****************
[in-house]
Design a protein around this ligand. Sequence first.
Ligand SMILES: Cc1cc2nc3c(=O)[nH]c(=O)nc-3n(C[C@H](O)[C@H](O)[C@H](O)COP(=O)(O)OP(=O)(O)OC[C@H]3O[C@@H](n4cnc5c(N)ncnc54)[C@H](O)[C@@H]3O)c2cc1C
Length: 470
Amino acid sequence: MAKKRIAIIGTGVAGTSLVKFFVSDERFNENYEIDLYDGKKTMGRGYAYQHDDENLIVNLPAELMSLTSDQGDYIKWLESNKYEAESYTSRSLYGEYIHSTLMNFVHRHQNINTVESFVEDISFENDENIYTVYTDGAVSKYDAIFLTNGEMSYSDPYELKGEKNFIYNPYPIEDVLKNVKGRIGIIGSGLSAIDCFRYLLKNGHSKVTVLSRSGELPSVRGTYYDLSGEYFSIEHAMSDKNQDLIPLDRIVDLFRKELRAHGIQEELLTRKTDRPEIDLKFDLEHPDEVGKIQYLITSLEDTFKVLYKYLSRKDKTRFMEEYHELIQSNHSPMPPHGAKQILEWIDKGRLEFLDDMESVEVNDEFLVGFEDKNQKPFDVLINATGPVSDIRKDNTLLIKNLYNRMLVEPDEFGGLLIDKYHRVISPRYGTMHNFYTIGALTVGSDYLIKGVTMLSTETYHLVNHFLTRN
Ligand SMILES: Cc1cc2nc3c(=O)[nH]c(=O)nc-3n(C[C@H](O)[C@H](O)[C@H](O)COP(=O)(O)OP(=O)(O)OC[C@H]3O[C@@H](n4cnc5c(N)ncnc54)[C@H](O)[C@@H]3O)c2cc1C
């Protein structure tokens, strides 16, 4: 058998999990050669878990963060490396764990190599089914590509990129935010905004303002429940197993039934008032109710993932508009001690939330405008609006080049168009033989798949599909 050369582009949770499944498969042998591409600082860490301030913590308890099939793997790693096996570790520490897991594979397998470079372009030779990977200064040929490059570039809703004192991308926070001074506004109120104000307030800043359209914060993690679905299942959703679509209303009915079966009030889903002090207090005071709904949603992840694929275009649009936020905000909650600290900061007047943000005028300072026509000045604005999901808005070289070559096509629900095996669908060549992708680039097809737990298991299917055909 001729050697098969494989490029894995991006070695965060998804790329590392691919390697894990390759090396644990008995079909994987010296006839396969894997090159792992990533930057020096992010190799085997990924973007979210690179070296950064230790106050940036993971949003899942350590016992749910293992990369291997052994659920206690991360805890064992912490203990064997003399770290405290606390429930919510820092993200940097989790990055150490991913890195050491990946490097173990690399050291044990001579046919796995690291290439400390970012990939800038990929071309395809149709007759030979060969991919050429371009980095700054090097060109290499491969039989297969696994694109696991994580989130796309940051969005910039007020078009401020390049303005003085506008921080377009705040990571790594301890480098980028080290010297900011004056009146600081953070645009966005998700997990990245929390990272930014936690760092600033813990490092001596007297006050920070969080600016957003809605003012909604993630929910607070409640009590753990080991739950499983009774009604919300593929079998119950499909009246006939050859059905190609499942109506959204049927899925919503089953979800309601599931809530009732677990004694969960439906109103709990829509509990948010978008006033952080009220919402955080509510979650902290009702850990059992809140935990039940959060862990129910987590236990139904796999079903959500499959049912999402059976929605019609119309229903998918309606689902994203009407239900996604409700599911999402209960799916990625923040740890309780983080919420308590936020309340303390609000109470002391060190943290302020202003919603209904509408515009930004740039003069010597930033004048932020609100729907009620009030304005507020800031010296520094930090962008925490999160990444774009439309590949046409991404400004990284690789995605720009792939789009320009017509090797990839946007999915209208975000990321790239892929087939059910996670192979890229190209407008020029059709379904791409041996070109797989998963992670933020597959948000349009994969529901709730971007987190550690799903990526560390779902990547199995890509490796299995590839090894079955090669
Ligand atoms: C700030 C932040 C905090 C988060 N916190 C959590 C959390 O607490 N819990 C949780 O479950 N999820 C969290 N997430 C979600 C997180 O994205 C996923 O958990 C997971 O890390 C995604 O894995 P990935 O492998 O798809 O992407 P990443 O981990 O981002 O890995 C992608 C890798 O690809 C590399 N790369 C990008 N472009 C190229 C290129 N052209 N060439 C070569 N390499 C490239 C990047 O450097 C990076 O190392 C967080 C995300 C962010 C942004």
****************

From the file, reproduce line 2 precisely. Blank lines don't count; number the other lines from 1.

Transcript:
Design a protein around this ligand. Sequence first.